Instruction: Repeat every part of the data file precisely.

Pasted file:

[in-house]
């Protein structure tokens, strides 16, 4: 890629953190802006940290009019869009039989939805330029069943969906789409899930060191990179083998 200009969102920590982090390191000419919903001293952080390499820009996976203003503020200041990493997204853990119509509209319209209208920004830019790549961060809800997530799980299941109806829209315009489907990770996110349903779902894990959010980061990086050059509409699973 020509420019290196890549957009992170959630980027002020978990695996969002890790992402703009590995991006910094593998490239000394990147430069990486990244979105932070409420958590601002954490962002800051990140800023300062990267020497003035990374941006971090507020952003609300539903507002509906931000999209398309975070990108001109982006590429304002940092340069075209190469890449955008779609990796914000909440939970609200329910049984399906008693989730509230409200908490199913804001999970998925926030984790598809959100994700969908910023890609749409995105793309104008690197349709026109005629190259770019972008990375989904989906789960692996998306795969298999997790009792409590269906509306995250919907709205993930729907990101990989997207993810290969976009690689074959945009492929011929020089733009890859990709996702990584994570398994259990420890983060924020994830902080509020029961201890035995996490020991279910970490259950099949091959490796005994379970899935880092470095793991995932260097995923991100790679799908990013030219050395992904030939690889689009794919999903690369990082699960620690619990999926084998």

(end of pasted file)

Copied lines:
[in-house]
């Protein structure tokens, strides 16, 4: 890629953190802006940290009019869009039989939805330029069943969906789409899930060191990179083998 200009969102920590982090390191000419919903001293952080390499820009996976203003503020200041990493997204853990119509509209319209209208920004830019790549961060809800997530799980299941109806829209315009489907990770996110349903779902894990959010980061990086050059509409699973 020509420019290196890549957009992170959630980027002020978990695996969002890790992402703009590995991006910094593998490239000394990147430069990486990244979105932070409420958590601002954490962002800051990140800023300062990267020497003035990374941006971090507020952003609300539903507002509906931000999209398309975070990108001109982006590429304002940092340069075209190469890449955008779609990796914000909440939970609200329910049984399906008693989730509230409200908490199913804001999970998925926030984790598809959100994700969908910023890609749409995105793309104008690197349709026109005629190259770019972008990375989904989906789960692996998306795969298999997790009792409590269906509306995250919907709205993930729907990101990989997207993810290969976009690689074959945009492929011929020089733009890859990709996702990584994570398994259990420890983060924020994830902080509020029961201890035995996490020991279910970490259950099949091959490796005994379970899935880092470095793991995932260097995923991100790679799908990013030219050395992904030939690889689009794919999903690369990082699960620690619990999926084998």